Le 16/01/2014 14:45, Carl Paulsen a écrit :
Let's start at the source...
You have access to a file containing DDL (data definition language) and
DML (data manipulation language). This file has the extension .sql.
Essentially, this file is a kind of dump from the mysql/mariadb
database. The dump includes instructions about the database name or
schema, the tables in the database, and the field types, as well as the
corresponding statements that would allow you to insert that data into a
corresponding mysql database server hosted elsewhere.
First things first :
- can you gain query access to the mysql/mariadb server from which the
sql file originates ? If you can, then you should be able to export your
data directly in CSV format, by querying the database and using the
SELECT...INTO OUTFILE command, or an equivalent GUI function from an
appropriate program (e.g. phpmyadmin, MySQL Query Browser, MySQL
Navigator, Navicat, etc, etc)
- if you do not have query access to the source of the data, then you
are effectively reliant on the SQL file that you have been given. This
means that you have several other ways of dealing with the data
contained therein :
(a) as it is a text file, you could use a script of your own making or
if lucky, trawl for one on the net, to extract the data and output that
to a CSV, Excel or other text-based file type of your choice - various
languages are capable of this, Ruby, Python, Perl, PHP, etc, or you
could probably even use bash/sed/awk ;
(b) host the data on a locally accessible mysql server - to do that you
would need to install mysql server and client programs. If console
commands are not your thing, then you could use LO Base to connect, via
one of the connector methods (extension, jdbc or odbc), to the mysql
The advantage of (b) is that you can do most of the work via the LO Base
UI, once the connection to the mysql database has been set up and the
Another advantage of solution (b) is that you can tailor your output via
the GUI tools of LO Base, so that it meets the requirements of your
The advantage of (a) is that it operates directly on the content of your
SQL file without having to go through the rigmarole of setting up a
mysql server, but at the expense of having to learn how to manipulate
text data. Note that solution (a) works well for data that is just text
or numbers, but not so well for binary encoded data (although I imagine
that solutions to handle this are also available). This means that you
need to know what kind of data you are going to have to manage in that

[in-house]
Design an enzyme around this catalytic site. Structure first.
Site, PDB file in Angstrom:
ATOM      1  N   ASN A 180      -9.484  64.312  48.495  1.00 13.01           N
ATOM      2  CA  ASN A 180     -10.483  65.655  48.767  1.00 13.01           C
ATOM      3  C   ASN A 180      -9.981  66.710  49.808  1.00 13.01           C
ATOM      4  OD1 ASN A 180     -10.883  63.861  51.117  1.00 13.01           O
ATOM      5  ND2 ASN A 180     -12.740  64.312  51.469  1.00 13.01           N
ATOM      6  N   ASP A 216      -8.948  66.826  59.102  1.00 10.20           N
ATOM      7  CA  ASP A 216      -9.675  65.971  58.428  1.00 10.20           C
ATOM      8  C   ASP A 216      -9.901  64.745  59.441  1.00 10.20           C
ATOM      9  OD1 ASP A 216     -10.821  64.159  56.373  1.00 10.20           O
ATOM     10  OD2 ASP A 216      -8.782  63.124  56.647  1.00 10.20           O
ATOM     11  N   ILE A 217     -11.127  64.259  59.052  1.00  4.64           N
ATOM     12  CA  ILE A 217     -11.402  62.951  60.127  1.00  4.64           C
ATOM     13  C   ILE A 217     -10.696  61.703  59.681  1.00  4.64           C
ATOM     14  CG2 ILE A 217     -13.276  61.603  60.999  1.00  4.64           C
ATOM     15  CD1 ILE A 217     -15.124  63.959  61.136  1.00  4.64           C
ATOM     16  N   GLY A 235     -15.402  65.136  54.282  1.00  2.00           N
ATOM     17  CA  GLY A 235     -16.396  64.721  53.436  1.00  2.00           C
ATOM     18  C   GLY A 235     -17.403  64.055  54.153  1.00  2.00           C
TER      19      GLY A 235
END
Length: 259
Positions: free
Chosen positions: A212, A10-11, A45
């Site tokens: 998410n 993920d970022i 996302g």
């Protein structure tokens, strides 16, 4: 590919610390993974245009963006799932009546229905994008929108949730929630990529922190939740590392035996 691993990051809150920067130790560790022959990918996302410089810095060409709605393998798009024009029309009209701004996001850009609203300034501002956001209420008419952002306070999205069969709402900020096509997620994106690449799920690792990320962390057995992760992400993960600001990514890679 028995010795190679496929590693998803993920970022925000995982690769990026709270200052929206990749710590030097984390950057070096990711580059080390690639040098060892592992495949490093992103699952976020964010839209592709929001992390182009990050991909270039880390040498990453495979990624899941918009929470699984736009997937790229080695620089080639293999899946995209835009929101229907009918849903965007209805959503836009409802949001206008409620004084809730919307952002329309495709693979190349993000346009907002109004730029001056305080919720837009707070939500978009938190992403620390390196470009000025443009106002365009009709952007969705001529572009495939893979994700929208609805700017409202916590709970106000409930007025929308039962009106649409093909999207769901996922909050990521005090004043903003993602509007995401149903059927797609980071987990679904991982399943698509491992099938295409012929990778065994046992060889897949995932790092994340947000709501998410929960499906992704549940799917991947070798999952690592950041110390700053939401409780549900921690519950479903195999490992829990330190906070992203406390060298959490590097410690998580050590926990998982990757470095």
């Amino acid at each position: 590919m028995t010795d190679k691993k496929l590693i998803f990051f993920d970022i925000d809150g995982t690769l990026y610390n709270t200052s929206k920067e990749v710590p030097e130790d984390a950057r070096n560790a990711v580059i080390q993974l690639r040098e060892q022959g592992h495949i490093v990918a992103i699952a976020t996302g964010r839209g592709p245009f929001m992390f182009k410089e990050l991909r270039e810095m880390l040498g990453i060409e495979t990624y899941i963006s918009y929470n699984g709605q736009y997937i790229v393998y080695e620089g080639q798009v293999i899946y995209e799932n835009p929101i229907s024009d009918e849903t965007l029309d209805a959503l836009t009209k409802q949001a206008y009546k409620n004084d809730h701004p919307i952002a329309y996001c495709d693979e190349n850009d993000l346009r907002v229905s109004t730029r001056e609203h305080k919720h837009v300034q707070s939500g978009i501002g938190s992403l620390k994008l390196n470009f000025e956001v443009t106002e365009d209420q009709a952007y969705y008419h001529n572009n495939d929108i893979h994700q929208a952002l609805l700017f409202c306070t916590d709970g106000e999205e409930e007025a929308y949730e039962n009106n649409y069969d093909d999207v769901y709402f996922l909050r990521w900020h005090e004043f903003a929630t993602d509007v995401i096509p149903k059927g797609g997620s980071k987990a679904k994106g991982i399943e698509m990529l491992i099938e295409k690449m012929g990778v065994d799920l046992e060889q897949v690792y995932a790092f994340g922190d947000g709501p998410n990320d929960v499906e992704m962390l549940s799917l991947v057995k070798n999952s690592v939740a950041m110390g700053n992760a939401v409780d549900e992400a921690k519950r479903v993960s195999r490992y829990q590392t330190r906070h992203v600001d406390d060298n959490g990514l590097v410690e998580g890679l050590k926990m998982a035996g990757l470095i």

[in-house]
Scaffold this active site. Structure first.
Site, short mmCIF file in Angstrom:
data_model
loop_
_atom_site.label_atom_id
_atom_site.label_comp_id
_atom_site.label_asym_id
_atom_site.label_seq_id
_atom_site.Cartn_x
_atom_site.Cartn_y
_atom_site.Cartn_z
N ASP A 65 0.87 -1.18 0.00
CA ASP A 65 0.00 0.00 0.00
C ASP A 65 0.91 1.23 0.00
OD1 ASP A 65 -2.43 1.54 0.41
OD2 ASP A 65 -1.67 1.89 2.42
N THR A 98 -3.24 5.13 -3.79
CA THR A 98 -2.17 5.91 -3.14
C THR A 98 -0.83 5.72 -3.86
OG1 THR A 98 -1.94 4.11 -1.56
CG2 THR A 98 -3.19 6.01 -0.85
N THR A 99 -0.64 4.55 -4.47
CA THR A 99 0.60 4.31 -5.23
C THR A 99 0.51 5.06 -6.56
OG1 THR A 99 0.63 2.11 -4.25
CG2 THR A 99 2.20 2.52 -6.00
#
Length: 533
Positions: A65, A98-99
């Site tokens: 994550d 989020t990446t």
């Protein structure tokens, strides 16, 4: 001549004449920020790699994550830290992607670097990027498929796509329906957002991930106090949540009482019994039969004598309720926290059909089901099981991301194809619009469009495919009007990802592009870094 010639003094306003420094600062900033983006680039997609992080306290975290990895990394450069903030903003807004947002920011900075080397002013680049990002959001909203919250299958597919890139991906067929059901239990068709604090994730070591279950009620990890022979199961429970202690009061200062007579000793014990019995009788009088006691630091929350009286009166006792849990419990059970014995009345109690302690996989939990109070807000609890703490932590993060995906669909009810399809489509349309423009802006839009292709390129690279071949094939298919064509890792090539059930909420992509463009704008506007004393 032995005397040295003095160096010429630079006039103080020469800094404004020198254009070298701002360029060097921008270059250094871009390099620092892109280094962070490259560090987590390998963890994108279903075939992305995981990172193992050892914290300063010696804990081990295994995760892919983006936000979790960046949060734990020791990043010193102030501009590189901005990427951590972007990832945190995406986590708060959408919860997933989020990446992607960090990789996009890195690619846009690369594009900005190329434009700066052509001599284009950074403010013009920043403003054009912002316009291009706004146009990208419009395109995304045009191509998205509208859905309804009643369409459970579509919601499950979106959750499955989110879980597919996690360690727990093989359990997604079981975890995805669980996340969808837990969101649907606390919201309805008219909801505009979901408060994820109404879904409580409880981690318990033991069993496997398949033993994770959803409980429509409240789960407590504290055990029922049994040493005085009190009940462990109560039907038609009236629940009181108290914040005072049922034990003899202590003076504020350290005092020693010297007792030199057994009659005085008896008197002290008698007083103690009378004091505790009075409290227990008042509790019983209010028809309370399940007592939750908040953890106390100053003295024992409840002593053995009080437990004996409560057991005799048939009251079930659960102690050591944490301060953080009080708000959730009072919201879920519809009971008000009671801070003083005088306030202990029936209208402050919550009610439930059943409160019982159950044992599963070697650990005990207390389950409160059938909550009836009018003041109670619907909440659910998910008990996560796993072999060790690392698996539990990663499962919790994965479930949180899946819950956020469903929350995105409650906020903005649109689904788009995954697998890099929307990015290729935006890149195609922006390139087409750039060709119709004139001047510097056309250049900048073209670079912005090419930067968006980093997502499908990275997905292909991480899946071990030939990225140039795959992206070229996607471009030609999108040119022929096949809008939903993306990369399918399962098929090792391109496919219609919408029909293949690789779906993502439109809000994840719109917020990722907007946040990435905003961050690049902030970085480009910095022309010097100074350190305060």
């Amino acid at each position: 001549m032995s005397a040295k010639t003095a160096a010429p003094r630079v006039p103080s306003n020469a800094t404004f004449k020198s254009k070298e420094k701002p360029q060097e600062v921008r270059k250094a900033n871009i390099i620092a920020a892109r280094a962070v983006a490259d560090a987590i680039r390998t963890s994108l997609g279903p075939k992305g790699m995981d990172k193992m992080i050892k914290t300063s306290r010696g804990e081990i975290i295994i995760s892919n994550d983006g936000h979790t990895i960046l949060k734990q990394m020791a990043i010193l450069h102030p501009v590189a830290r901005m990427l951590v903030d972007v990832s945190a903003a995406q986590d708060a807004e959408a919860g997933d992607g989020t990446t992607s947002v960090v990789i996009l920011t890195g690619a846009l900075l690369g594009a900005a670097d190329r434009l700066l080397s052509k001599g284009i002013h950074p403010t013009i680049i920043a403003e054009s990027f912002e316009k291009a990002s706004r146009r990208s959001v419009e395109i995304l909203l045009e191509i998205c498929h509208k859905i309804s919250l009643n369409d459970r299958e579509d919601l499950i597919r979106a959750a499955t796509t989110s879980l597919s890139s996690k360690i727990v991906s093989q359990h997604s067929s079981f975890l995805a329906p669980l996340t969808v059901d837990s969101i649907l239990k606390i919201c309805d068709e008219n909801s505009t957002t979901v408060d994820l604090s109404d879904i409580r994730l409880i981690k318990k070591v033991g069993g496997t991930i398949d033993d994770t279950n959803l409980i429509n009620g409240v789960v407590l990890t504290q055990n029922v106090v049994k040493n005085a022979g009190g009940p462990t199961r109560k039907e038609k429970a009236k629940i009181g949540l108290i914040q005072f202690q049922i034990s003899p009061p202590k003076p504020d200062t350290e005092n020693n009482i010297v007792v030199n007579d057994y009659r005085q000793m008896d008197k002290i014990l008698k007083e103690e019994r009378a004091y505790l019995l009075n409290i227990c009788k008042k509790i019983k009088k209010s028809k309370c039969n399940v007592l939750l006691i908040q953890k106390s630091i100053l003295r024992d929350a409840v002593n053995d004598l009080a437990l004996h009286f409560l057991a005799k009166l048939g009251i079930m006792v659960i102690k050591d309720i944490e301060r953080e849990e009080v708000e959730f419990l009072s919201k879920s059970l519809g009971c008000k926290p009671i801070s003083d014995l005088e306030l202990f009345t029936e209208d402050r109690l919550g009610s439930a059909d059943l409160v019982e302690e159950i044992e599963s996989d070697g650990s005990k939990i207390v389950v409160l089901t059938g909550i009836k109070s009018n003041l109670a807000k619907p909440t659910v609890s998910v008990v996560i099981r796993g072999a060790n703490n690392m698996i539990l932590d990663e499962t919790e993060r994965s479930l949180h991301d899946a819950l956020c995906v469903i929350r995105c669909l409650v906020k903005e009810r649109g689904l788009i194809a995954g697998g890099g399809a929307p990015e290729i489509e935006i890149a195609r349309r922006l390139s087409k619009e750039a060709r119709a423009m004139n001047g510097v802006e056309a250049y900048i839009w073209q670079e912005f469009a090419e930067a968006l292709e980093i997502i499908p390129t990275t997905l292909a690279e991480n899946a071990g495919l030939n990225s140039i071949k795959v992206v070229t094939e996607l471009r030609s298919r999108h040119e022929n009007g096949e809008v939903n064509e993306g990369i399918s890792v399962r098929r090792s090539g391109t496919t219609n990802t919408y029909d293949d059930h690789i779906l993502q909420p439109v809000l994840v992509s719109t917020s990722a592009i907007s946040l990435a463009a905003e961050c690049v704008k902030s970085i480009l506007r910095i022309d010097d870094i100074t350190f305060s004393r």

SQL file before you start trying to extract it.
Salesforce. I thought I might be able to open or link to the data file
I have through Base and export it. That's because I haven't really
No, that is not directly possible, at least not in the format in which
you have been given the data.
Honestly, though, I don't understand what MySQL does. Does it "open"
the data file, interpret the commands in it, and then allow the user to
manipulate and/or display the data correctly (with the correct
relational links)? And is that the only - or best - way to access the
MySQl contains both a server and client programs. To simplify, the
server hosts the data and serves it up against requests from the client
program. Interfaces have been developed by third parties to enable the
client program functions to be mapped to UIs, whether it be LO Base,
MySQL Browser, MySQL Workbench, or any other number of GUI tools.
The SQL file you have can be imported directly into a mysql server with
the command I indicated. The server will interpret the statements in the
SQL file and create a "clone" of the database schema, the tables, field
definitions, and the insert the data into that database. You can then
access the imported data and manipulate it as you would with a mysql
hosted database that you had created yourself ab initio.
Can I just use MySQL to generate CSV files (or some
other format that Calc can open) for each of the tables in the file? At
Yes, mysql has a SELECT...INTO OUTFILE query command that lets you do
this (at least for CSV/TSV format) - it also allows you to specify
certain, limited export options. This is done directly from the mysql
command line console.
However, there are GUI tools that make life much easier for you in this
MySQL Workbench - possible outputs are : CSV, HTML, XML
MySQL Browser (deprecated, but still functional) - CSV, HTML, XML, Excel
PHPMyAdmin - exports directly to CSV, other text formats, even Calc !!
Importing data into mysql from a sql file :